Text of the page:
Reflections on History & Development, #1: Trees & Fruit, Alexander’s early influences

F. Matthias Alexander was one of those rare human beings: an innovator in the field of human potential. His research was always practical and experiential. At a time when psychology was moving more and more into the realm of the unconscious, Alexander was exploring consciousness, in particular at the level of the interrelationship between the physical and the mental aspects of human functioning.

What he discovered is that as humanity evolved we developed our intellectual capacities more quickly than our physical and sensory capacities, and this resulted in a parting of the ways, a dualism. In a properly integrated human being there is a constant two-way flow between mind and body; intention flowing into activity modulated by feedback.

Certainly Alexander was not, as perhaps some may have thought, a “blank sheet of paper” (but then if one thought about it how could he – or anybody – have been). Recent research is bringing to light a great deal of material about the period in which Alexander was developing his ideas and practice. What is clear from this research is that many of the principles and ideas used by Alexander can be found elsewhere (and some of them I will explore in these writings). To me that is not at all surprising. There have always been human beings who are interested in philosophy, health, self-improvement, posture, energy, mind and body, respiratory and vocal techniques, etc., etc. One has only to look at some of the most ancient texts – or other forms of transmission – to see that these questions constitute fundamental issues for human beings. When one starts along this path, one is not the first or the last to do so. It is a path of discovery shared by those human beings who have that particular interest, which might be termed “evolutionary”, in the exploration of the self. What one then finds along that path cannot in essence be very different from what others have found. We are not different in our functioning or our possibilities from our ancestors. If Alexander ‘borrowed’ or ‘stole’ from others, from what sources did these others in their turn draw, and similarly those before them and so on? What is important is that a human being has the potential to develop; some do and some don’t. The ideas are around us and can be found. The point then is to make something practical and useful for oneself in order to embody the ideas; very few achieve that. Alexander was such a person, and that it why so many of us are interested in him rather than the various ‘others’ who may have shared parts of his journey. That he found something of a different order is apparent to any sensitive person who has worked with or even been in the presence of those who were his pupils. A tree is judged by its fruit.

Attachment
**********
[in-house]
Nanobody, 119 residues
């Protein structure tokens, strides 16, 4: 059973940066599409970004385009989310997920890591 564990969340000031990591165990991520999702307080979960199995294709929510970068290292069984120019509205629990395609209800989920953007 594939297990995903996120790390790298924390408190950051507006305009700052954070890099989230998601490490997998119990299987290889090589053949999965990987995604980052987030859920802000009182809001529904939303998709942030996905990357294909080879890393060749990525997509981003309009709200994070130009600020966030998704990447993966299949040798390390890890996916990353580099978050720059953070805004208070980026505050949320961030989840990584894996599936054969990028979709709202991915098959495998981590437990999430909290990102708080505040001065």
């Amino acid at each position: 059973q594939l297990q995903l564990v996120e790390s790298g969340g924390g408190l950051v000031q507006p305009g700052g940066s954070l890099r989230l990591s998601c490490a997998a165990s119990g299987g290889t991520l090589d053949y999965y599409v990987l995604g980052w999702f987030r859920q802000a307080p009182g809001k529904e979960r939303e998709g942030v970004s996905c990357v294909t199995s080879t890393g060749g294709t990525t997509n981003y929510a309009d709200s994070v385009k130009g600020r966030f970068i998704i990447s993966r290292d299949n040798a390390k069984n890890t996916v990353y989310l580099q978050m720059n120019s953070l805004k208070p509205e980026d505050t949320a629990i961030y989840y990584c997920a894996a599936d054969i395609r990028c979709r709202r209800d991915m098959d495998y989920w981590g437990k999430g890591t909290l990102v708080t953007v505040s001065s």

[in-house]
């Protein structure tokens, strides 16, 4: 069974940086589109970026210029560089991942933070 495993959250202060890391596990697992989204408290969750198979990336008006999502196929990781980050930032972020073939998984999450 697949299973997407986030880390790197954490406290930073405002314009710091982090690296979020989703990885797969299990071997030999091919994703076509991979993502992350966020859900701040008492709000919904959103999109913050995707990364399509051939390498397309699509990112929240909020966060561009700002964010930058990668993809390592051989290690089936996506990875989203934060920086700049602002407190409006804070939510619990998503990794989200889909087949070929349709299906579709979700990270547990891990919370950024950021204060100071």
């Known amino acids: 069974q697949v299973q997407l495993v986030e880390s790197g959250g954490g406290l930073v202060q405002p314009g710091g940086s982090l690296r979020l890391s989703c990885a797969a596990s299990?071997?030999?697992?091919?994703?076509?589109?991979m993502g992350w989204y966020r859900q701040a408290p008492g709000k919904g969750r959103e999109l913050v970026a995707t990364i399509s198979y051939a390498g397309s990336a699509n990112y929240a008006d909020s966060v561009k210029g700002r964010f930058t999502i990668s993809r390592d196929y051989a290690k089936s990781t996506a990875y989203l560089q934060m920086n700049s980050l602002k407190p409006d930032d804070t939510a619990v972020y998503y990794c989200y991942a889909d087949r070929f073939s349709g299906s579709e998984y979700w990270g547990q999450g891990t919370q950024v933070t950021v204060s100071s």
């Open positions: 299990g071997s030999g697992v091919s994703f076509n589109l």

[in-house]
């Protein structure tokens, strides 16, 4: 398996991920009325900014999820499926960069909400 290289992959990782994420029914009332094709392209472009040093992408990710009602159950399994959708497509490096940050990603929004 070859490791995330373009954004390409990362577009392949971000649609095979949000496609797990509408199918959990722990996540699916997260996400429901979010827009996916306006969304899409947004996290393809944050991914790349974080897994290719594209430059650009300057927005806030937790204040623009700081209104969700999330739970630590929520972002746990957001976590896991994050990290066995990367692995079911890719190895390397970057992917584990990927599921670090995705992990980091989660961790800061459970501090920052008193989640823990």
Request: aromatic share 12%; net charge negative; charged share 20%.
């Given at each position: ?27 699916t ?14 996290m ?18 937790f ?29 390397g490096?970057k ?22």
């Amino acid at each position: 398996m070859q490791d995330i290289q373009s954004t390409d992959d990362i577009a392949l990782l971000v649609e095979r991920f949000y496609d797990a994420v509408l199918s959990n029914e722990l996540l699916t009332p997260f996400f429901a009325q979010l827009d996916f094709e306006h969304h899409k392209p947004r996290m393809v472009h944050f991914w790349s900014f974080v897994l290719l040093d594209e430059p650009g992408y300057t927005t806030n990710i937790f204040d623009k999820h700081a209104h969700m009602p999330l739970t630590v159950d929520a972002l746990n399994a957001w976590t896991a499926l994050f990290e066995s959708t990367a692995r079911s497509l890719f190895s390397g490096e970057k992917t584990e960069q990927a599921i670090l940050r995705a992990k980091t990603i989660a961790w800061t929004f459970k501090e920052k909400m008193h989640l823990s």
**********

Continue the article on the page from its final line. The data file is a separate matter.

Although others may help to open the door into the ‘inner world’, once you are there you are on your own. Nobody can do the work of integrating your organism for you; and in just this lies the mystery (though this does not appeal to the scientific mind). ‘Non-doing’ or a “directed (integrated) state” are not things that anybody discovered or invented, they are states which can be entered into.

Certain ‘researchers’ into early influences are now trying to make a case that Alexander was at best a synthesiser and at worst a plagiarist of other peoples work.